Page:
Posted 12/28/11 (Wed)
By Lauren Billing
Farmer Staff Writer
Sitting in Dr. Shannon’s waiting room, Pastor John Lane shuffled through magazines like most people do while waiting for an appointment. This shuffling, however, produced something far greater than just passing the time. Pastor Lane came upon a quote that would give him courage and determination heading in to see his nephrologist. He read, “Not everything that’s faced can be changed, but nothing can be changed unless it’s faced.”
So Pastor Lane went in for his appointment and asked Dr. Shannon if a transplant was possible. Dr. Shannon’s answer was “certainly” and they began to explore options for a kidney transplant immediately.
Pastor John Lane has been the pastor for First Baptist Church in Watford City on and off for 12 years. Raised in Tennessee, he has been preaching for 60 years all over the country, from Florida to North Carolina to Montana. Pastor Lane has four living children with his wife, Helen. He also enjoys hunting and fishing.
It was coming home from a fishing trip in Alaska about two and a half years ago, that Pastor Lane, a diabetic for the past 40 years, realized something was amiss.
He went to the hospital and discovered he had a case of pneumonia, though they were unable to identify what kind of bacteria had caused it. A year later Pastor Lane was found to be extremely anemic. Creatinine is a chemical waste created by metabolizing muscles, which should remain at a constant level from day to day. Pastor Lane, however, was found to have creatinine levels double what they should be. This extreme change in creatinine caused him to suffer an acute kidney failure. At this point, doctors directed Pastor Lane to get more checkups in Billings, Mont.
While in Billings, doctors put him on dialysis. He was able to get up to a 22 percent function level, but was told he did not qualify for a transplant because of his age and previous heart attacks.
But it was those few words in a doctor’s sitting room that changed everything. With Dr. Shannon committed to seeking a kidney transplant, Pastor Lane’s family jumped at the chance to see if they were a viable match to donate a kidney. His wife, daughters and son all spoke up about wanting to donate, but it was his daughter, Susan Hilbers, that would eventually take the journey with her father.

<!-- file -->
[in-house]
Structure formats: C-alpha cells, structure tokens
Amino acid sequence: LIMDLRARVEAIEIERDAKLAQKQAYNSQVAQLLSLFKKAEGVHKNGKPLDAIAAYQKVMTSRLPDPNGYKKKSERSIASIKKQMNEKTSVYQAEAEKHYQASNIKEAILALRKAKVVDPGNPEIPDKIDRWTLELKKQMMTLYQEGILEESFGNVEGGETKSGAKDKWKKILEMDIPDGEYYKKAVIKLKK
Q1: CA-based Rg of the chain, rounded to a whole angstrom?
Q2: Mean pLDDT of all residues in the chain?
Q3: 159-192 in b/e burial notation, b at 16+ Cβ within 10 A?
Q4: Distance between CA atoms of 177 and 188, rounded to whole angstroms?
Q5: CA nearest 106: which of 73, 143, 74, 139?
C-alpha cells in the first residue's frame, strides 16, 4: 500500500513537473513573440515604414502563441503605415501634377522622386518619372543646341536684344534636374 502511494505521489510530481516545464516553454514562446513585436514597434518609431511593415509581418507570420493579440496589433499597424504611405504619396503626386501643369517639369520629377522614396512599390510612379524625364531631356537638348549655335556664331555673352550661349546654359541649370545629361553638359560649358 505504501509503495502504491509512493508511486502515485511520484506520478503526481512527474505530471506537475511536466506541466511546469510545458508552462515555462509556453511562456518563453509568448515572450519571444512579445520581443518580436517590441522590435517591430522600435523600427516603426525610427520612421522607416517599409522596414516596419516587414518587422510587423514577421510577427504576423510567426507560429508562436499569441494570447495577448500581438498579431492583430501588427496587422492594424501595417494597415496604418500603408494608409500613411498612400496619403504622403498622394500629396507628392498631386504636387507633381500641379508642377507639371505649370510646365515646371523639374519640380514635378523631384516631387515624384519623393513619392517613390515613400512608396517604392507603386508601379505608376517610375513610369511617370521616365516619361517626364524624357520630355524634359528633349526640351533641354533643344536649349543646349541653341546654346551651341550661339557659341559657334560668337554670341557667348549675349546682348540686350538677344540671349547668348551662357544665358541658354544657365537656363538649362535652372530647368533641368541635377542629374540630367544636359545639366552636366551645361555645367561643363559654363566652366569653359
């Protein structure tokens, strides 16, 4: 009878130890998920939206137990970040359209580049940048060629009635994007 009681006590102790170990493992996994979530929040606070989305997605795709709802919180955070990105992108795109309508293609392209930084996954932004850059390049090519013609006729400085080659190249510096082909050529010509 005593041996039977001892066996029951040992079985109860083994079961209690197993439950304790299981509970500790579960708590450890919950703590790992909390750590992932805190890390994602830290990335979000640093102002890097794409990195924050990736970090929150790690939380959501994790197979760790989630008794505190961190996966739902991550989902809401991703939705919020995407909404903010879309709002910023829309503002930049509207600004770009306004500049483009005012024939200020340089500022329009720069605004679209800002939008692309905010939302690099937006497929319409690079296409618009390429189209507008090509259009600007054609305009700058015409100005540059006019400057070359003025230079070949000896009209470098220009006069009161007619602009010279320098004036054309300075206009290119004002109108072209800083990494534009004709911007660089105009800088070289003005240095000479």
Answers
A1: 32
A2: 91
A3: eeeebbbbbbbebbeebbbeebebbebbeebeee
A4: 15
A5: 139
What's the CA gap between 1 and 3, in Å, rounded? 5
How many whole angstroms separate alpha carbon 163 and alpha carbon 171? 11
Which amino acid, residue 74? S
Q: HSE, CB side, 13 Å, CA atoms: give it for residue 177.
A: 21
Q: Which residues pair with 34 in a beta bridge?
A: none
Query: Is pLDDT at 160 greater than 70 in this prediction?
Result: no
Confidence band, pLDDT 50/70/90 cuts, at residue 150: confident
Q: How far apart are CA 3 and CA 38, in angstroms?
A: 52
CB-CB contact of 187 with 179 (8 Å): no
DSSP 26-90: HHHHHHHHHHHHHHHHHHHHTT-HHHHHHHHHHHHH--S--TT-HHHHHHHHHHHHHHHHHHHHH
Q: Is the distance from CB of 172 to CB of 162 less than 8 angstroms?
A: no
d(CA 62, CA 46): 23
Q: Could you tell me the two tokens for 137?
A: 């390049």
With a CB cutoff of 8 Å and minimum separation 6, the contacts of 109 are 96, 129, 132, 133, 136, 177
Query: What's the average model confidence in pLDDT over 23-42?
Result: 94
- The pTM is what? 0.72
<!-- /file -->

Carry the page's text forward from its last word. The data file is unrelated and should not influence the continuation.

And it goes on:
Hilbers is a stay-at-home mom and grandma in Toddville, Iowa. Hilbers describes getting updates on her father from family in McKenzie County as, “Hard. I could only visit every six months and it was always a shock to see him so much worse after that period of time. It was obvious he was going downhill fast.”
It took awhile for Pastor Lane to accept such an option from any of his family members. Hilbers’ husband, Bryan, and children had their reservations as well, especially since she had already agreed to the process before telling them.
“My husband had to think about it for a few days, but realized he would do the same thing for his dad. But it was hard to tell my kids and reassure them that whatever happened I’d be okay,” says Hilbers.
With Hilbers willing to undergo tests to explore her ablity to donate to her father, she and her daughter travelled to the Mayo Clinic in Rochester, Minn. Hilbers had been with her mother and father when Pastor Lane had undergone similar tests at the Mayo Clinic so she had an idea of what to expect. But even having experienced it before, the process proved exhausting with three days of running from building to building for tests, questionnaires, and psychological evaluations.
“They put you through the wringer,” says Pastor Lane. “They even give you a backpack because you have so many papers!”